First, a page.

For all the barrels of craft liquor being produced in America, so much of it tastes the same. Crisp but relatively flavourless gins crowd bar shelves next to atomic whiskeys as pleasant as molten lava and rows of bourbons hitting the same caramel notes. So it is a great source of relief to discover Darek Bell and Andrew Webber, co-founders of Corsair Distillery, sitting in a shack-like structure on the outskirts of Nashville, Tennessee, with enough imaginative bottles in front of them to fuel a hearty bender.
Webber and Bell, both bearded and boldly attired—Webber in a floral-print shirt and whitewashed jeans, Bell in a blue striped suit and flowering handkerchief—have made peculiarity the defining characteristic of Corsair spirits. It’s what pushed them to create Triple Smoke (made with Scottish peat and American cherry and German beech woods), their first whiskey and still their bestseller. The duo is now trying to unleash another blend with the same amount of originality. As Bell explained a few minutes earlier: “Our ethos is, if it’s been done before, we don’t want to do it.”
They pour six 100-proof single-malt whiskeys into tulip-shaped glasses, calling out what they taste as they sample each one. The first is an unsmoked single malt (“Grape-Nuts cereal,” says Bell), then five malts smoked, respectively, with hickory (“Like a barbeque,” declares Webber), maple, pecan (“Floral, lighter and a nutty finish,” he continues), apple and finally black walnut, an acrid mouthful. “You wouldn’t want that to be the only thing in a bottle,” Webber explains. “But it’d be a very good one to build a multi smoke whiskey on because it provides a deep background.”
It’s a whiskey that many distillers might pour straight down the drain, though it’s perfectly in character for Bell, 41, and Webber, 41, to admire it. Seven years into the launch of Corsair the two rebels are still gleefully flaunting every alcohol convention they can—from creating a quinoa whiskey and a barrel-aged gin to hiring a woman as their head distiller. Today, Corsair spirits are available in 39 states and seven countries for about $50 a bottle and have a passionate following, selling roughly 14,000 cases a year, up from, well, nothing a few years ago. They have also piled up awards, including gold and silver medals from the closely watched Wizards of Whisky industry event—most notably its American Craft Distiller of the Year in 2014.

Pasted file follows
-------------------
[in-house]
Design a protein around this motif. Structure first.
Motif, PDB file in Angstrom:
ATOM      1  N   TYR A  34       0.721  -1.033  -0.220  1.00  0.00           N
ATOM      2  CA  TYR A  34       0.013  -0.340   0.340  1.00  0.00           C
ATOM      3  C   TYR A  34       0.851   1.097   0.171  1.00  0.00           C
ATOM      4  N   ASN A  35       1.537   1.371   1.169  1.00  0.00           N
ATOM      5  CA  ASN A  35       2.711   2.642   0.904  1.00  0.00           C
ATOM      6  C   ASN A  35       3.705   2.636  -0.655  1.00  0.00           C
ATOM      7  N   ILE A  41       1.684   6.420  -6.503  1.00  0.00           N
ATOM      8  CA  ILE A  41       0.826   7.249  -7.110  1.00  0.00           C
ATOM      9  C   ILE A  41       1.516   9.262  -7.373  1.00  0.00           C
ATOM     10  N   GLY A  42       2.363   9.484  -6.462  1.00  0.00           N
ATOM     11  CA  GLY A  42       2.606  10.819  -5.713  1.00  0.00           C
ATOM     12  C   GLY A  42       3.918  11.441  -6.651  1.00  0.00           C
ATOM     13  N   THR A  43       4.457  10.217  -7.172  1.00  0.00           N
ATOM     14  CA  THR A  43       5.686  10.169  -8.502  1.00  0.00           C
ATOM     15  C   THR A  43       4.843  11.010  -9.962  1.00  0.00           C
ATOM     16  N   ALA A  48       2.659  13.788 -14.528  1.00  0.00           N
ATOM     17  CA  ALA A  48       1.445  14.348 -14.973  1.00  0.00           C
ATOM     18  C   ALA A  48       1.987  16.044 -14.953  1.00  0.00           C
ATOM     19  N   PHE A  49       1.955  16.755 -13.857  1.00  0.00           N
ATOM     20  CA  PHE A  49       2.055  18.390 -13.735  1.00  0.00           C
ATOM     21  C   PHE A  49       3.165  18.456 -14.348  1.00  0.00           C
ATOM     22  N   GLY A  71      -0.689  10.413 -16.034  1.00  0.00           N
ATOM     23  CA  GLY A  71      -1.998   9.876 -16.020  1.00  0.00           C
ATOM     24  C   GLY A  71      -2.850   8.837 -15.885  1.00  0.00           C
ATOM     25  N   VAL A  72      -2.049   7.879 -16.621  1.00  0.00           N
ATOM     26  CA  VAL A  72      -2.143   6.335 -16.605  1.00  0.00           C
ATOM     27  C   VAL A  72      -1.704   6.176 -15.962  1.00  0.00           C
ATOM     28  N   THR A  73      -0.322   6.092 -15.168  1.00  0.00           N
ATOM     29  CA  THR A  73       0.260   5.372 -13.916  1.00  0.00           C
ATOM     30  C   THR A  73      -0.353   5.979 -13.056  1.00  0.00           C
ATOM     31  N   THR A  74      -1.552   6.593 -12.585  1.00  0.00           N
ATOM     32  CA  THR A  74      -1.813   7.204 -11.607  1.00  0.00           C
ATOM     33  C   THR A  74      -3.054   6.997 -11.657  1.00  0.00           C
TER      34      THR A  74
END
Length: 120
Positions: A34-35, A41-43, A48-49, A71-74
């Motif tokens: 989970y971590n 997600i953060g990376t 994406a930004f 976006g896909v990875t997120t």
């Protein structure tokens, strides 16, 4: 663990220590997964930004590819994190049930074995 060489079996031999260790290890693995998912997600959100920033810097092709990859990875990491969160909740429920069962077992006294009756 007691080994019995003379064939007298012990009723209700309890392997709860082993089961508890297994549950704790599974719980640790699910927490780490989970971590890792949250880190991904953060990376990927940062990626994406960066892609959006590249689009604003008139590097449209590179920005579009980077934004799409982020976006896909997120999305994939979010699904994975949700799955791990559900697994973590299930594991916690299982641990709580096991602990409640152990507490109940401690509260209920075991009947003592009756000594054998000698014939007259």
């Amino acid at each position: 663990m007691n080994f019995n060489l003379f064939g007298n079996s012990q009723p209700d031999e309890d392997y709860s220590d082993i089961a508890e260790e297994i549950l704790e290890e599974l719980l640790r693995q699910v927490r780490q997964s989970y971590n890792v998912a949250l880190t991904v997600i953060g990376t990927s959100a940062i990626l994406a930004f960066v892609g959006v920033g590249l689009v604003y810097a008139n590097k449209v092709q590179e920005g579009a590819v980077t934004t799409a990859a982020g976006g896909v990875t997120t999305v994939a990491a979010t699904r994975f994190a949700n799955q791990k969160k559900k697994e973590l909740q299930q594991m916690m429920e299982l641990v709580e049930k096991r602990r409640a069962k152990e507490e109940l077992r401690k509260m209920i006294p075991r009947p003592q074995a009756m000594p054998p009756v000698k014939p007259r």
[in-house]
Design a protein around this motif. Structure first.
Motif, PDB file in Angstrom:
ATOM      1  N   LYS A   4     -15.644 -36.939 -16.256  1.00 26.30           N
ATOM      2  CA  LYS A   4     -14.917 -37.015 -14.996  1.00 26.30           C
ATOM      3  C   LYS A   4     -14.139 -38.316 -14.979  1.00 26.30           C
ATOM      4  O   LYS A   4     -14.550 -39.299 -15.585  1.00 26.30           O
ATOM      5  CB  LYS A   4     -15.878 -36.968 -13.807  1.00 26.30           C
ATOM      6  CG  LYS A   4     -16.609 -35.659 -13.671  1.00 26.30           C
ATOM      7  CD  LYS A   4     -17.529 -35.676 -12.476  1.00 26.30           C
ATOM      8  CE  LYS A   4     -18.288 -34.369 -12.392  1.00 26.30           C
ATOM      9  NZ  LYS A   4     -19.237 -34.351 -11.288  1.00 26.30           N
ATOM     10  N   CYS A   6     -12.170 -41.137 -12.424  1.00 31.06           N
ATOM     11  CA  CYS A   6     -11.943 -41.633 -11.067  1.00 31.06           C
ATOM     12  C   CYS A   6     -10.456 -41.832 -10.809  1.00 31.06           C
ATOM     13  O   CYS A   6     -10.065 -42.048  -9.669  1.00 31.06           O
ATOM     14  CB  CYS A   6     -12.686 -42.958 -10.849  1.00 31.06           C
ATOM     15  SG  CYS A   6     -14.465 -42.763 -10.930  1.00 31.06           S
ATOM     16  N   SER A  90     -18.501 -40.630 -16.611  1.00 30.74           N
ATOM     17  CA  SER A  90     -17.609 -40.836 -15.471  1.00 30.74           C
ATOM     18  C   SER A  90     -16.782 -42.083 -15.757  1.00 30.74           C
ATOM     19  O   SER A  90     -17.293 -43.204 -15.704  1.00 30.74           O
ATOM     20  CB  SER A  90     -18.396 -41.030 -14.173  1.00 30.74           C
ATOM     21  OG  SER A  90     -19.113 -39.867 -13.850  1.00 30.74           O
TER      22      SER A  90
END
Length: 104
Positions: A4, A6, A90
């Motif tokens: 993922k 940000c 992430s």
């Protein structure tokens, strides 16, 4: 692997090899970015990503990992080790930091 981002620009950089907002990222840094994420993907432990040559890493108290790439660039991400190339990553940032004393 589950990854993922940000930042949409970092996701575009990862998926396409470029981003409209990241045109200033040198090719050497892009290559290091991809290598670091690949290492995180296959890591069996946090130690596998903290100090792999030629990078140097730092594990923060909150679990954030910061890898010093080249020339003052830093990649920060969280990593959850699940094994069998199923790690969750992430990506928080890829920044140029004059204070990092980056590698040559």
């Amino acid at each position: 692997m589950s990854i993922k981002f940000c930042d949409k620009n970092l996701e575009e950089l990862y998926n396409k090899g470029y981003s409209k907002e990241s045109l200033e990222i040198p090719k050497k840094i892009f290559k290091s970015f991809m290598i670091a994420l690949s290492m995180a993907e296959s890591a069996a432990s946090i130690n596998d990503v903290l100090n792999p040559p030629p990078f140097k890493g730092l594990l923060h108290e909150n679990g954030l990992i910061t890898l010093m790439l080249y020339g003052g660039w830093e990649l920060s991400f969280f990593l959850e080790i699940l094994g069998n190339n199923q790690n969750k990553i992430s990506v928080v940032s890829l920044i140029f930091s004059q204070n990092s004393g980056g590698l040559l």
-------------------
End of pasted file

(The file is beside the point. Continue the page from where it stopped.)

Corsair’s creation occurred in a place where many entrepreneurial recipes are first concocted: The garage. In this case, the one attached to Bell’s suburban Nashville home, in which he and Webber brewed beer before moving on to moonshining. In 2008, after a few successful experiments and failed pitches to investors, they broke out their credit cards and opened a distillery in nearby Bowling Green, Kentucky, because it was illegal to operate one commercially in Nashville. They soon released a well-received red absinthe (ruby-hued and floral-tasting after adding red hibiscus) and a gin made with classic botanicals such as juniper and coriander suspended in a basket above the still rather than directly steeping them.